Your queries could be going parallel, but because of limitations in SQL Server, they staying serial: single-threaded. A lot of different things can cause this, including running SQL Server Express Edition (which only uses 1 CPU core), but the most common are Scalar UDFs.

Generally, there’s not a server-level fix for these: you’re stuck rewriting the query in a way that will let it go parallel, like:

  • Refactoring scalar UDFs by putting the code directly into your query
  • Rewriting multi-statement table-valued UDFs into single-statement ones (this gets tricky)
  • Breaking a large query up into portions where a small part stays serial, but the bulk of the work can go parallel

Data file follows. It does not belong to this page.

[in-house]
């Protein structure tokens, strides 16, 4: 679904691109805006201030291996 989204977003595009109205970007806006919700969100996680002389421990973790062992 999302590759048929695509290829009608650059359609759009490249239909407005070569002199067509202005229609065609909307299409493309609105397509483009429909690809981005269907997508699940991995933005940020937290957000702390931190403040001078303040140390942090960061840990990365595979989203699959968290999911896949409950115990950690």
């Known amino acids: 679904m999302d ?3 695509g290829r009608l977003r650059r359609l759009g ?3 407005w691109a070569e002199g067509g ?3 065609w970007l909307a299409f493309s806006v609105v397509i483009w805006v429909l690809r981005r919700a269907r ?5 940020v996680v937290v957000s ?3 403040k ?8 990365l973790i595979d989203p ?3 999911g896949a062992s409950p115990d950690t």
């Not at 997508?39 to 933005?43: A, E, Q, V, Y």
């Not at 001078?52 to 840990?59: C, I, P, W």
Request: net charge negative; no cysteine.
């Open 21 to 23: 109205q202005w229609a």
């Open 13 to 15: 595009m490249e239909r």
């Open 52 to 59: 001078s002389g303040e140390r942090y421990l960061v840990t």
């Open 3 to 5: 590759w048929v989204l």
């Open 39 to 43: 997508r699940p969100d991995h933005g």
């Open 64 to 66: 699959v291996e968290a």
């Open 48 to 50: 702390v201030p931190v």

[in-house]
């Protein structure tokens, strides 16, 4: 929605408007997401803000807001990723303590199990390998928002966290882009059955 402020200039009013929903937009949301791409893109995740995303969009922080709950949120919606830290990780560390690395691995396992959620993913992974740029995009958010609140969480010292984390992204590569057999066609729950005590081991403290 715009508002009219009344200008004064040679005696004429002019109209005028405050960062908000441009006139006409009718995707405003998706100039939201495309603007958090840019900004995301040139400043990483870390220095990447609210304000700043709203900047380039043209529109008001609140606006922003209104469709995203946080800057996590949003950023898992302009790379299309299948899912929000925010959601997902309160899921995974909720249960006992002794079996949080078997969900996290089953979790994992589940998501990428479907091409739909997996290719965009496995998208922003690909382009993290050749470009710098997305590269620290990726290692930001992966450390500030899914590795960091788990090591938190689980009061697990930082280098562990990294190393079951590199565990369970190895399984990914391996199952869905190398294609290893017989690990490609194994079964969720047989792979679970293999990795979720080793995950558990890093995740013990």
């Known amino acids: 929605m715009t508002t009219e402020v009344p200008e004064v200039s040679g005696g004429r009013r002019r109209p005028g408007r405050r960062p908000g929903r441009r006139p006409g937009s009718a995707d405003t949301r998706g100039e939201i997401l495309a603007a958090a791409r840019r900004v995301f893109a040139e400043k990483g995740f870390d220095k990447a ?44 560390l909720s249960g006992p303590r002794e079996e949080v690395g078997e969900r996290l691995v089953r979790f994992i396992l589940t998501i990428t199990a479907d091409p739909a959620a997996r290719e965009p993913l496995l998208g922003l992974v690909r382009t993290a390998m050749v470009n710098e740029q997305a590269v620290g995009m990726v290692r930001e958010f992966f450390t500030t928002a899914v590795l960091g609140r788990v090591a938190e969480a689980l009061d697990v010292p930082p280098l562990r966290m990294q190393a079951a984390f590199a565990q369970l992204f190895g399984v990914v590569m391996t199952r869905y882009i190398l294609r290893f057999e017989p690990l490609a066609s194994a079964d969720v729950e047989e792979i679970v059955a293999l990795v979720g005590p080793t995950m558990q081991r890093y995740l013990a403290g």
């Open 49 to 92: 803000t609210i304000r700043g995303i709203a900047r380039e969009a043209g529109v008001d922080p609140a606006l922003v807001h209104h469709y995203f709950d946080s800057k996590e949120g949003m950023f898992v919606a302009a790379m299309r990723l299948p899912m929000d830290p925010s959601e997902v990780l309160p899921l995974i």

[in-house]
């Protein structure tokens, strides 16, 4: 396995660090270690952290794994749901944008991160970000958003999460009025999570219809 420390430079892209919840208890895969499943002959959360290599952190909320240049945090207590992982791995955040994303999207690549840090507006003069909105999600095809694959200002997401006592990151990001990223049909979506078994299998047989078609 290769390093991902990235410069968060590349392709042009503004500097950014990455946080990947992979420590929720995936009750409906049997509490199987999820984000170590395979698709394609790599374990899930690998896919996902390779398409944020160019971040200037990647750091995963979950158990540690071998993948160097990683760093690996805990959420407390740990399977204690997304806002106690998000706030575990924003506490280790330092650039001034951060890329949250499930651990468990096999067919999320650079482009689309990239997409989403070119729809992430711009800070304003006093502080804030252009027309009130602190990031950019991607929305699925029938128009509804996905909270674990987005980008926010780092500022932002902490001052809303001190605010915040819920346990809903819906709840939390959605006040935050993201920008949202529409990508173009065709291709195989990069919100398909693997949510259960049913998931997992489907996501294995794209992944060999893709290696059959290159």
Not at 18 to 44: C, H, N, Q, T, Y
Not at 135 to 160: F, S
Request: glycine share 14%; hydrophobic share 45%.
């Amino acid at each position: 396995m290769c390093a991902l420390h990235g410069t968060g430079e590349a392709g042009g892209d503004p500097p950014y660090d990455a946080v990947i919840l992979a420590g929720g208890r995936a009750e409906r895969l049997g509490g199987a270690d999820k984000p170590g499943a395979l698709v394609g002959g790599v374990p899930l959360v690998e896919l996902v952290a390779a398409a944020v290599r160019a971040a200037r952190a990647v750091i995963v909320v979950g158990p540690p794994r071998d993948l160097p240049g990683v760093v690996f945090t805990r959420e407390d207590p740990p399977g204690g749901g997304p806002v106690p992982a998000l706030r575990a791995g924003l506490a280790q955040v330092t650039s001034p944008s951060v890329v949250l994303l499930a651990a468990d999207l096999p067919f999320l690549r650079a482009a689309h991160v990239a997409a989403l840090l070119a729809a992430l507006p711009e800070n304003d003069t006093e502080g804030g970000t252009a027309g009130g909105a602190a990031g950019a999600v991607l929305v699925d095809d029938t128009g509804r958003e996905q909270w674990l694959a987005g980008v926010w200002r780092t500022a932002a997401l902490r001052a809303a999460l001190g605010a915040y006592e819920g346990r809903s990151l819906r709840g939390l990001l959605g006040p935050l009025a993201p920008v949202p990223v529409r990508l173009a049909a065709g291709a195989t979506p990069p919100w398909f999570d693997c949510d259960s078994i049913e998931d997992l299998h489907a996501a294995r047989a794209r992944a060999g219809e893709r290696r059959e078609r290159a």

This is hard work, so before you start, take a quick look at the query’s metrics to see whether it merits this kind of rewrite. For example, if it’s taking less than 1 second of CPU time each time it runs, and it runs less than 2 seconds, and you only call it every few minutes, the rewrite may not be worth the effort. On the other hand, if it runs frequently and takes tens of seconds of CPU time, you can probably get faster completion by going multi-threaded.

Don’t Use Scalar User-Defined Functions in Computed Columns.

Scalar Functions ALWAYS cause any queries using them to run single-threaded. 

Scalar functions in computed columns cause all queries that hit that table to execute serially. 

Scalar functions in computed columns cause index maintenance to go single-threaded.

They cause DBCC CHECKDB to go single-threaded, too.


Last modified: February 21, 2024



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